By Jenny Lewin
Google released their General Guidelines on November 12, 2015. And in case you haven’t yet sifted through the long 160-page document, luckily we have you covered.
This is a big deal because it is the first time that the entire Guideline document has been released to the public. A few years ago, 43 pages of the document were released online, but this is the first time that we’ve been able to review the entire document.
The General Guidelines are split up into four major parts: Page Quality Rating Guideline, Understanding Mobile User Needs, Needs Met Rating Guideline, and Using the Evaluation Platform. Each part goes in depth on what a Quality Checker should be looking for while reviewing search queries and websites.
You’re probably wondering, “What is a Quality Checker?” These are search quality raters. They are external people that Google hires to look at and review the quality of what comes up in search. Sounds like your dream job, right?
Their main job is to make sure that the quality of Google’s search engine results are relevant to what the user is looking to accomplish, learn, find, etc.
And as a search marketing professional, it is nice to know that Google has outside people checking the quality of these search results, otherwise, Google’s algorithm could be inaccurate. The benefit of this document release is clear as day: by Google releasing the guidelines that these Quality Checkers follow when evaluating search engine results, we have that much more information on what to do and what not to do when helping our law firm clients have success online.
While this was released in November, our team has taken the time to thoroughly review the document. Below are five GNGF-recommended practices reaffirmed by the Google General Guidelines.
Create High Quality Content
YMYL is an acronym that Quality Checkers use that stands for: Your Money Your Life. It is what they call pages on a website that provide information to readers.
These types of pages include those with legal information, in addition to pages discussing topics like health and wellness, financial information, shopping, and more.
A Quality Checker will look at these pages and decide whether or not they adhere to Google’s guidelines for quality content.
It’s important for these pages to include high quality content because the site’s users will most likely be using that information to directly affect their health or wealth.
What this means for attorneys is that they need to have quality content on their site. Does your site contain relevant information that someone would be searching for? Does it achieve its overall purpose?
A Quality Checker will see if your website content is relevant and useful in regards to certain keywords and search queries. Keeping your site up to date with relevant, useful information will help you pass with flying colors.
Expertise, Authoritativeness, Trustworthiness
EAT stands for: Expertise, Authoritativeness, and Trustworthiness. What this acronym does is help a Quality Checker rate the website as a whole. This is more of a general rating of if it is doing what it is supposed to.
Are you an expert in this subject matter? Do you have a good reputation based on your recommendations, reviews, or other content written about you? Should your readers trust what you have posted on your site? Why? These are all questions that the Quality Checkers want you to consider.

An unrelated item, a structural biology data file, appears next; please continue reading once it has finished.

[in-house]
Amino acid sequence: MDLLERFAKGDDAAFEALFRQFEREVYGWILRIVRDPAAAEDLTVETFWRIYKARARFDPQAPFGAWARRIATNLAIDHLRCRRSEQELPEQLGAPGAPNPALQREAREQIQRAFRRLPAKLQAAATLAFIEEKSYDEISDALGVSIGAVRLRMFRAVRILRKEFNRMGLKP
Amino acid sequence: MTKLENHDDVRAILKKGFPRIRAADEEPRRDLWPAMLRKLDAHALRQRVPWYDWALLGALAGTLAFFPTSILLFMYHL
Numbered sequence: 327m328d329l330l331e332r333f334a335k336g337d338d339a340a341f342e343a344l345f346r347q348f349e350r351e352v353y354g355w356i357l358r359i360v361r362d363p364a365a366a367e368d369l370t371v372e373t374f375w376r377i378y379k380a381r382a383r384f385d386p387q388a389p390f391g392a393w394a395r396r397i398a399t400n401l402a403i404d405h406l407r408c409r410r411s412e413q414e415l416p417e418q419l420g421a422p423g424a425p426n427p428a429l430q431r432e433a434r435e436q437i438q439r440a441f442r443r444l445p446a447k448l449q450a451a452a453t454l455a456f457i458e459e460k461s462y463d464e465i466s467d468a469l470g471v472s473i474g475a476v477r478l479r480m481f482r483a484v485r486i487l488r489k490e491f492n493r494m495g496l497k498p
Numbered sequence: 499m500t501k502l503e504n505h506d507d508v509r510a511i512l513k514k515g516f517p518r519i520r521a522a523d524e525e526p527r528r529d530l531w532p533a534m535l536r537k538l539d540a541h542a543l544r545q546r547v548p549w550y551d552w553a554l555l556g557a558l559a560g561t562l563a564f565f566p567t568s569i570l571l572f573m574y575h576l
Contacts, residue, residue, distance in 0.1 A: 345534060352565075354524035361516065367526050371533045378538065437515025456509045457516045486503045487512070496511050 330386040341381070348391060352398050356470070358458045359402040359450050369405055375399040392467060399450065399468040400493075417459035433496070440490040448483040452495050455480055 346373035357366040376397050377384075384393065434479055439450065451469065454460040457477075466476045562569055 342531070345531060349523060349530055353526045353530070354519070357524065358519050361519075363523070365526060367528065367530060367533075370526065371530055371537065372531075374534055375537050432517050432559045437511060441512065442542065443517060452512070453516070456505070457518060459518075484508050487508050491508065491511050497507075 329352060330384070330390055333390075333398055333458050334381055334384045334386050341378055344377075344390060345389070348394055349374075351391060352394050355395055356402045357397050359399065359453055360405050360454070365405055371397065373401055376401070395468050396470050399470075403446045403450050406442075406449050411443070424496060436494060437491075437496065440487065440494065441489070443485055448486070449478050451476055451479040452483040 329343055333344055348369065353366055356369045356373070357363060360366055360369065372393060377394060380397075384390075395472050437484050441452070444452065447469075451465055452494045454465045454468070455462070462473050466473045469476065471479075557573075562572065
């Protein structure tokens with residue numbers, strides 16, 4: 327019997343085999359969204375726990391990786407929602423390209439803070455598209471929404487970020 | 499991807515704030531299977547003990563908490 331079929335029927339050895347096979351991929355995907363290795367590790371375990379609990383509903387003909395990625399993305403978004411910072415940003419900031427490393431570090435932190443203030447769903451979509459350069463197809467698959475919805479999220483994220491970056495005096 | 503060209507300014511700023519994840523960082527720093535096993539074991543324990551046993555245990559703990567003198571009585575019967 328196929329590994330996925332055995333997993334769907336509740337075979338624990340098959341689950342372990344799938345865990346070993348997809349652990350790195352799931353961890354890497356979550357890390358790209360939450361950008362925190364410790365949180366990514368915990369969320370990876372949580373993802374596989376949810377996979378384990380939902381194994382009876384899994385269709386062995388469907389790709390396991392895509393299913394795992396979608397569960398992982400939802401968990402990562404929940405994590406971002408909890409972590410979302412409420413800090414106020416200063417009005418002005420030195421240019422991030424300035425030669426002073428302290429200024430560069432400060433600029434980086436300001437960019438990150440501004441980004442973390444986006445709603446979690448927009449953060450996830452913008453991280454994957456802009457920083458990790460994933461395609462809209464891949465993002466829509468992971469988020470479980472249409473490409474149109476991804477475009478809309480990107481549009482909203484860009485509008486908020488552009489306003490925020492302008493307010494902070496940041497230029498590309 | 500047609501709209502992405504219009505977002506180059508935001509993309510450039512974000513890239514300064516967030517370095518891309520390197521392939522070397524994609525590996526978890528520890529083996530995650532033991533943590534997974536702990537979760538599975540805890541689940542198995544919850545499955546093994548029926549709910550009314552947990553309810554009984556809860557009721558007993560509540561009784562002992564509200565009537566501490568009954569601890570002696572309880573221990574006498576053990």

Location, Location, Location
As the guidelines point out, every search query has a task language and a task location. This means that the same query entered from different locations may have a different meaning. For example, in some states a drinking and driving offense is called a DUI. In others, it is termed an OVI. This means that if you are trying to optimize for a certain location, it is crucial that you use the colloquial, location-appropriate term.
Also, when it comes to mobile search, especially for law firms, many people are searching with an Explicit Location, meaning they typed in “personal injury lawyer Dallas” to specify where they need something. The guidelines also mentioned interpretations, as many users will type in the same query, although they could’ve meant a number of
Needs Met Rating
There are several different options for the Needs Met Rating, including the following: Fully Meets, Highly Meets, Moderately Meets, Slightly Meets, and Fails to Meet. These different ratings are given to each query, depending on how specific or broad the query was. For example, typing in “john” would most likely not come up with significant or relevant information for what you are looking to achieve. Typing in “John Mulaney” would be a more specific query, and hopefully, the results and landing pages will be relevant to the comedian. Queries receive these ratings depending on how specific they are to what the user is searching for.
Avoid Spammy Pages
As the guidelines also discuss, low quality pages don’t just refer to design, but to whether or not there is a purpose to it.
A low quality page can be detrimental to your website. One example of a low quality page is one that allows “phishing.” To “phish” is to, essentially, steal someone’s information, like his or her social security number or credit card information. Another type of low quality page would be a deceptive page, which tricks users instead of bringing them quality, relevant content. Finally, we have lack of purpose pages. These pages are rated the lowest because there is no real purpose behind why they exist. This is one practice to avoid.
Reading these guidelines reaffirmed a lot of information that we already knew. Providing quality content, a local strategy and so on; these are practices we already follow. It gives us more confidence that we are providing quality service and strategy to all of our clients.
Learn more about Google’s Search Quality Rating Guidelines by downloading a copy for yourself.